Jump to content

The Fountain Pen Network uses (functional) cookies. Read the FPN Privacy Policy for more info.  To remove this message, please click here to accept the use of cookies


Registration on the Fountain Pen Network

Dearest Visitor of the little Fountain Pen Nut house on the digital prairie,

Due to the enormous influx of spammers, it is no longer possible to handle valditions in the traditional way. For registrations we therefore kindly and respectfully request you to send an email with your request to our especially created email address. This email address is register at fountainpennetwork dot com. Please include your desired user name, and after validation we will send you a return email containing the validation key, normally wiithin a week.

Thank you very much in advance!
The FPN Admin Team






Photo

Praise To Pelikan 400 Tortoise

pelikan 400 tortoise km nib

  • Please log in to reply
29 replies to this topic

#21 LyaT

LyaT

    Rare

  • Member - Gold

  • PipPipPipPipPip
  • 161 posts
  • Location:Dublin

Posted 01 August 2019 - 17:56

 
Your pen is really nice, congratulations!  Iridescent vintage pens can really be beautiful -- I have a Waterman Stalwart that does amazing things as I roll the barrel in the light.  My only Pelikan brown tortoises are a 1980s M400, and an M101N.
 
Are you sure that the nib is a Kugel?  It looks to me like an oblique, including the little "" stamped into it.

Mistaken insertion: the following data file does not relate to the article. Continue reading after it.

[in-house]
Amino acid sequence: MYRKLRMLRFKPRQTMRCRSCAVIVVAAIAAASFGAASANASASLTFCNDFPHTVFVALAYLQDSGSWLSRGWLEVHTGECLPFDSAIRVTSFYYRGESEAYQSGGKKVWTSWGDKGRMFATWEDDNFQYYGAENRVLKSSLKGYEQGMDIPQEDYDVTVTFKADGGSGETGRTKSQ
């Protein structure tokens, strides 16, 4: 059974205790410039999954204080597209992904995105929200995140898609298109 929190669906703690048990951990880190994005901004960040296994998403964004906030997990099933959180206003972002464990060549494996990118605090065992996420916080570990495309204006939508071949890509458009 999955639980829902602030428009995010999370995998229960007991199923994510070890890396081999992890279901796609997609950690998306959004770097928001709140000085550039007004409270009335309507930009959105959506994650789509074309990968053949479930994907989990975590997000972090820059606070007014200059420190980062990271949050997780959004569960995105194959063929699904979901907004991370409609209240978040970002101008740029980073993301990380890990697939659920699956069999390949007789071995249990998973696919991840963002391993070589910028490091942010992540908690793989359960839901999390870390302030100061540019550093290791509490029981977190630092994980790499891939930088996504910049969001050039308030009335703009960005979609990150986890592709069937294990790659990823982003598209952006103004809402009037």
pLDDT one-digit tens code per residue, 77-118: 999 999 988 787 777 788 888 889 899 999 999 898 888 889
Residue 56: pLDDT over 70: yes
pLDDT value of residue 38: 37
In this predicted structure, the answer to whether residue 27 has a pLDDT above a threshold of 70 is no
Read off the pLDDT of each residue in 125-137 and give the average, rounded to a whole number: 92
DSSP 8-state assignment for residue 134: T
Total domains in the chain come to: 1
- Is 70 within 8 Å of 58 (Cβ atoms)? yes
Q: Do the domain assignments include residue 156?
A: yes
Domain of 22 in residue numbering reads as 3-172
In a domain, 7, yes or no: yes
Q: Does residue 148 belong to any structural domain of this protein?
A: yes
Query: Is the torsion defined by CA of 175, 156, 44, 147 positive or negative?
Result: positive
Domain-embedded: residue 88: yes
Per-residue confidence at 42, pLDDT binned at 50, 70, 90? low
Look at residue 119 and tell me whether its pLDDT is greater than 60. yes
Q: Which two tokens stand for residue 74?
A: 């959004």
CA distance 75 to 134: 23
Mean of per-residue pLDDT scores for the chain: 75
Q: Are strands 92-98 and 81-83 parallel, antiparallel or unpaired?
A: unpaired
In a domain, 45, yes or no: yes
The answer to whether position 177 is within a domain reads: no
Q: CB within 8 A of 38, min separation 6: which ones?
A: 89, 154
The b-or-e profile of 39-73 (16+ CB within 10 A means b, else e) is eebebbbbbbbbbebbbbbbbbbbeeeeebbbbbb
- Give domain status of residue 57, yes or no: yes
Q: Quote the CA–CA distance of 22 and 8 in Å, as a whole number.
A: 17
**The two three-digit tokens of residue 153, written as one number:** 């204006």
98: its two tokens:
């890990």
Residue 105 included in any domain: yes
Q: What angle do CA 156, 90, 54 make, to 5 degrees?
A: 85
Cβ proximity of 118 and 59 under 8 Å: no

Thanks! I cannot stop admiring the pen. The tortoise shell is really gorgeous. The color is bright and deep at the same time.

It is a Kugel, I could see the little ball like bump on the tipping, but the ball is not on the bottom where the tipping touches the paper. It matches the description I read in a much older post here.

The o mark on a script nib does not necessarily mean oblique. I must have read it on pelikan perch or pelikan collectibles, cannot recall the link now.

Sponsored Content

#22 LyaT

LyaT

    Rare

  • Member - Gold

  • PipPipPipPipPip
  • 161 posts
  • Location:Dublin

Posted 01 August 2019 - 18:00

That's a really nice looking pen. The K-type nibs were a "ball" for their time, but not really much of a "ball" tip by today's standards. I like the K-series nibs too - I have KFs on my 140s and they're just the right balance of both round and vintage in a tip for me.


Oh yes, the balance between smooth writing and stubbish feeling is very satisfying. I only heard about KF and KM, wonder if KB and KBB exist too.

#23 LyaT

LyaT

    Rare

  • Member - Gold

  • PipPipPipPipPip
  • 161 posts
  • Location:Dublin

Posted 01 August 2019 - 18:32